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Google News uses social media in new algorithm

Google News uses social media in new algorithm

Google is constantly changing its algorithms to try to provide users with the stories they want to read. It recently added a +1 button to connect users to stories their friends have enjoyed, but now it's broadening its scope. According to Nieman Journalism Lab, the search giant has also added connections to social media for its Google News that allow it to pick up on the most popular stories on the sites.

Exactly how Google uses social media for its algorithms is something of a mystery. Whenever employees are interviewed, they always stop just short of releasing information on what Mike Cassidy, Google's product management director of search, has called the "special sauce." Nevertheless, Nieman Lab was able to get a few details.

Google News has undergone a few changes since its introduction. When it was first launched in 2002, it had 4,000 news sources. This number has grown to over 50,000. These sources are the only ones the algorithm will display on the service as a guarantee users are getting news from credible sources.

The most obvious integration of social media is the section entitled "Most Shared." Stories are broken up by the most popular in the last 24 hours, the last week, and the last month. The algorithm uses multiple social media sites to aggregate this material.

Although spokesperson for Google News, Jeannie Hornung, wasn't forthcoming which specific social media sites are involved in the algorithm, even she couldn't deny Twitter's significance. When users click on a story on the front page, it links them to a story-specific page with a side bar full of tweets that contain similar keywords. "It's using the same technology that real-time search uses," she said. The tweets aren't a raw feed, but are rather based on relevance and authority.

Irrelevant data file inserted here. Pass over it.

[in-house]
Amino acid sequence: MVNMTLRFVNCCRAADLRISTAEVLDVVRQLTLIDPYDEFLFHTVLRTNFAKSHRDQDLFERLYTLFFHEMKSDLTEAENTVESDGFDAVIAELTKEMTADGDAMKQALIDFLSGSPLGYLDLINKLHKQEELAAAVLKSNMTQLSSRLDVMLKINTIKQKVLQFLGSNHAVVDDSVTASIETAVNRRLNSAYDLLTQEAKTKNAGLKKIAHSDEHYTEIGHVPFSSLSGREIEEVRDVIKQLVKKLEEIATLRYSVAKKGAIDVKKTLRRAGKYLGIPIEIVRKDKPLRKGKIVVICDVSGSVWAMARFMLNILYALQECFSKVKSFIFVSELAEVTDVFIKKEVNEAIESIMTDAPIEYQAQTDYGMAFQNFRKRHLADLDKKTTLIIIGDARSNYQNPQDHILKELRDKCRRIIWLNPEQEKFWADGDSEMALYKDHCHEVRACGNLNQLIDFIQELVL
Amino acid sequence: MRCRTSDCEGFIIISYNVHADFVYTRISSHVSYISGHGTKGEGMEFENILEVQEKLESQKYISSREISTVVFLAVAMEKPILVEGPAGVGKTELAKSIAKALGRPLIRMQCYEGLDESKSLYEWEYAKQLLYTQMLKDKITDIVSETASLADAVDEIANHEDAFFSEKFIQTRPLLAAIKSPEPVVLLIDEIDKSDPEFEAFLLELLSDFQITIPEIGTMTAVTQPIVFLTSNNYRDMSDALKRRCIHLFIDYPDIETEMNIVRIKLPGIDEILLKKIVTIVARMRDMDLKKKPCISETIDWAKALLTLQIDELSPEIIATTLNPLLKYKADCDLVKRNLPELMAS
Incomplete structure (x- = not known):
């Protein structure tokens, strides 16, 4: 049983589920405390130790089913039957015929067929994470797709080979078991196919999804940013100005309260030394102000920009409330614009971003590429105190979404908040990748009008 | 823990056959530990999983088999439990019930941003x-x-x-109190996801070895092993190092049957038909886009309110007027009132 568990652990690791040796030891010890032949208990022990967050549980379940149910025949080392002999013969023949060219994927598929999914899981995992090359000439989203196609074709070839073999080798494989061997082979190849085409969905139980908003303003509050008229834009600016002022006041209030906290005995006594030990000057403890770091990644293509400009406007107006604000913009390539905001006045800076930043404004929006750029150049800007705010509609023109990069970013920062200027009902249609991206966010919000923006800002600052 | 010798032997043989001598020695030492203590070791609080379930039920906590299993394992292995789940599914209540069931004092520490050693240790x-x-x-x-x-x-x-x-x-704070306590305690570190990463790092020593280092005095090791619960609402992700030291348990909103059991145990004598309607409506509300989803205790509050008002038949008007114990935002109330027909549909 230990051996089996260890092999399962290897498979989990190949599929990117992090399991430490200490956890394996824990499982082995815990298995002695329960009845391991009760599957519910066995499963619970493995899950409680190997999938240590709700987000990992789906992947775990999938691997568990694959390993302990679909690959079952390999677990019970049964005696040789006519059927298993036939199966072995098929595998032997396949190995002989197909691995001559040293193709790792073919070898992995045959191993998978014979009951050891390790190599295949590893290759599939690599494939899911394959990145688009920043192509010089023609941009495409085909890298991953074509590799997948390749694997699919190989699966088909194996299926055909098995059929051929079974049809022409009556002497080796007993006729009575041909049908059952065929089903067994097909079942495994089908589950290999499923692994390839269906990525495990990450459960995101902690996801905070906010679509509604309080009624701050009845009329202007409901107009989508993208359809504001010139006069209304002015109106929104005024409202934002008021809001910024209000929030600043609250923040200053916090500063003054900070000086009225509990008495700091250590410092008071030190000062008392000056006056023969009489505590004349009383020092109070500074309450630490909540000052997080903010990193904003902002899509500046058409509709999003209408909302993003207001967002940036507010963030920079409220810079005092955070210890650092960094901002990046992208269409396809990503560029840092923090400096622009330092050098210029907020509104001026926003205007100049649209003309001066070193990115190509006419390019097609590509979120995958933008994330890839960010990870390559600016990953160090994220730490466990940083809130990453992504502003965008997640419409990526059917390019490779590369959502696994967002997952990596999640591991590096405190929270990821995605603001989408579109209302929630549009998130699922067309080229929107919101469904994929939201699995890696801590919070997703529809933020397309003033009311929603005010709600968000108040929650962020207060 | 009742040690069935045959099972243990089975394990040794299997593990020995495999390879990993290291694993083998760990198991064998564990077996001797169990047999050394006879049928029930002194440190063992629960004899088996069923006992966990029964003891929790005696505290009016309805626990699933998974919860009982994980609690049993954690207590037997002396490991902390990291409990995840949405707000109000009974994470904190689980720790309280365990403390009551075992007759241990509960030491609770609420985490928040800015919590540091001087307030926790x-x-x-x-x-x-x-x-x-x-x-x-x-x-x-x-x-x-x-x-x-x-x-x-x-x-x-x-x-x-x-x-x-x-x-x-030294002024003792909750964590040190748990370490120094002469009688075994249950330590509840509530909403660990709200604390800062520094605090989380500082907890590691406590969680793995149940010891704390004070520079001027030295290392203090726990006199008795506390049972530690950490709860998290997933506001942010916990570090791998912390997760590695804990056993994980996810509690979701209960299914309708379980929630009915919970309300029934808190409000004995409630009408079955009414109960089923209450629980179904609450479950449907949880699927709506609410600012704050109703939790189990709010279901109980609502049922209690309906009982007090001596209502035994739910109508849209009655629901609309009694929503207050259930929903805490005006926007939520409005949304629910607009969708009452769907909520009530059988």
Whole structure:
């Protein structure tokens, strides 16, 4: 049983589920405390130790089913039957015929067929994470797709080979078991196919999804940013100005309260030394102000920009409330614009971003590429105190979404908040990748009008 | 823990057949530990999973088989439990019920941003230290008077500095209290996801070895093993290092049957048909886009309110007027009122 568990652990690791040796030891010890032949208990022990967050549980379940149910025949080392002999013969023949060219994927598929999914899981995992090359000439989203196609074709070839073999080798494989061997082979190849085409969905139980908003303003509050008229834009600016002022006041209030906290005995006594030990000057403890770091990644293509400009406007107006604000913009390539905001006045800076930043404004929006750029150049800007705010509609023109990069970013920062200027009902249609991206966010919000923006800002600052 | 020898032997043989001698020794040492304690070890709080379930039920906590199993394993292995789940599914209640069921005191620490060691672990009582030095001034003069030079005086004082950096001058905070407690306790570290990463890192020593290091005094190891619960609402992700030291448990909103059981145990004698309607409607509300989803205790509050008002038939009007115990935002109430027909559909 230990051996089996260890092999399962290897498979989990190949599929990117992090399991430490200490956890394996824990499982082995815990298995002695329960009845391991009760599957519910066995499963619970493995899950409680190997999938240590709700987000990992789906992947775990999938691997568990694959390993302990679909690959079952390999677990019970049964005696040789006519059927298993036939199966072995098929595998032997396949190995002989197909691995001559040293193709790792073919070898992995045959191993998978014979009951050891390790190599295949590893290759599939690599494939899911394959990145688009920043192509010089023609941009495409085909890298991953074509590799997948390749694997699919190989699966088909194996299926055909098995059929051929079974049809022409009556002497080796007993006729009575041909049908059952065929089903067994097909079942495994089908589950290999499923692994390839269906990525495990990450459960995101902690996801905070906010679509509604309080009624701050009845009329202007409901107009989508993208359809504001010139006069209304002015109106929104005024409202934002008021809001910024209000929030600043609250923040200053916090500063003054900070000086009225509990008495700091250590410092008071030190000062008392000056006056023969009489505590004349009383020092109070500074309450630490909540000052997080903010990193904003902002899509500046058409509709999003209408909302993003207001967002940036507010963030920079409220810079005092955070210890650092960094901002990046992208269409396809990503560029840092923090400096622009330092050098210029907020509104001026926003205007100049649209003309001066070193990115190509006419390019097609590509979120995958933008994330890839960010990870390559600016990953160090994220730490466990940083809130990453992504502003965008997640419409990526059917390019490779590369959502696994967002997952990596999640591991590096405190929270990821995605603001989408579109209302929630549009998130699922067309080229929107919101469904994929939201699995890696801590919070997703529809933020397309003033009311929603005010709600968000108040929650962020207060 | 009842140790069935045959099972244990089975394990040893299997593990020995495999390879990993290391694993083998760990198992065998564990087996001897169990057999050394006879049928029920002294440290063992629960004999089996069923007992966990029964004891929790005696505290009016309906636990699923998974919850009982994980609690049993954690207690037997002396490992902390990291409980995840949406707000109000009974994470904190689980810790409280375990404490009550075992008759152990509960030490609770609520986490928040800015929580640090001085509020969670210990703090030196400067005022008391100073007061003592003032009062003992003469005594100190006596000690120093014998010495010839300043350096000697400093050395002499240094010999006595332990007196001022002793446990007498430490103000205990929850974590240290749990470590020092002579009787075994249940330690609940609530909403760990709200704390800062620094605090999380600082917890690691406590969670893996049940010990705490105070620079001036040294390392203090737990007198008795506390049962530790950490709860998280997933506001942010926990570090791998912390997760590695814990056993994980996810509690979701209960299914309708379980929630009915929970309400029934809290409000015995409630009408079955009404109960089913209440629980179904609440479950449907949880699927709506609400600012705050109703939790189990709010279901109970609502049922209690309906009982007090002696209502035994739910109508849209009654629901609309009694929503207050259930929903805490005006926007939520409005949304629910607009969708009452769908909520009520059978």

"The Tweets section appears when there's a high level of activity on Twitter focused on that story and those tweets add diversity to the full coverage page. For example, we demote tweets that are on a broad topic not necessarily tied to the specific news story, that simply restate a headline and/or that link to a story already included on the full coverage page."

Hornung mentioned that social media and tweets are more important for the full coverage pages on a particular topic rather than on the main page that displays all new stories. She said, "It really is -- not to diminish it at all -- it is an incremental enhancement to the full coverage page, not the main page. So I wouldn't say adding tweets to full coverage is a sign of anything larger than a moderate enhancement to the full coverage page."

Changes to algorithms in the past has affected certain media organizations. Most recently, Demand Media's eHow suffered a loss in traffic due to one of these changes. After several media organizations over exaggerated its losses, it was forced to issue a statement defending its finances. Although it claims to being doing well, it has still been negatively affected by the changes.

How can media organizations avoid a similar fate with this newest change? Tweet, tweet, tweet?

Sources: Demand Media, Google (1), (2), Nieman Journalism Lab



Meghan Hartsell


2011-04-19 13:19

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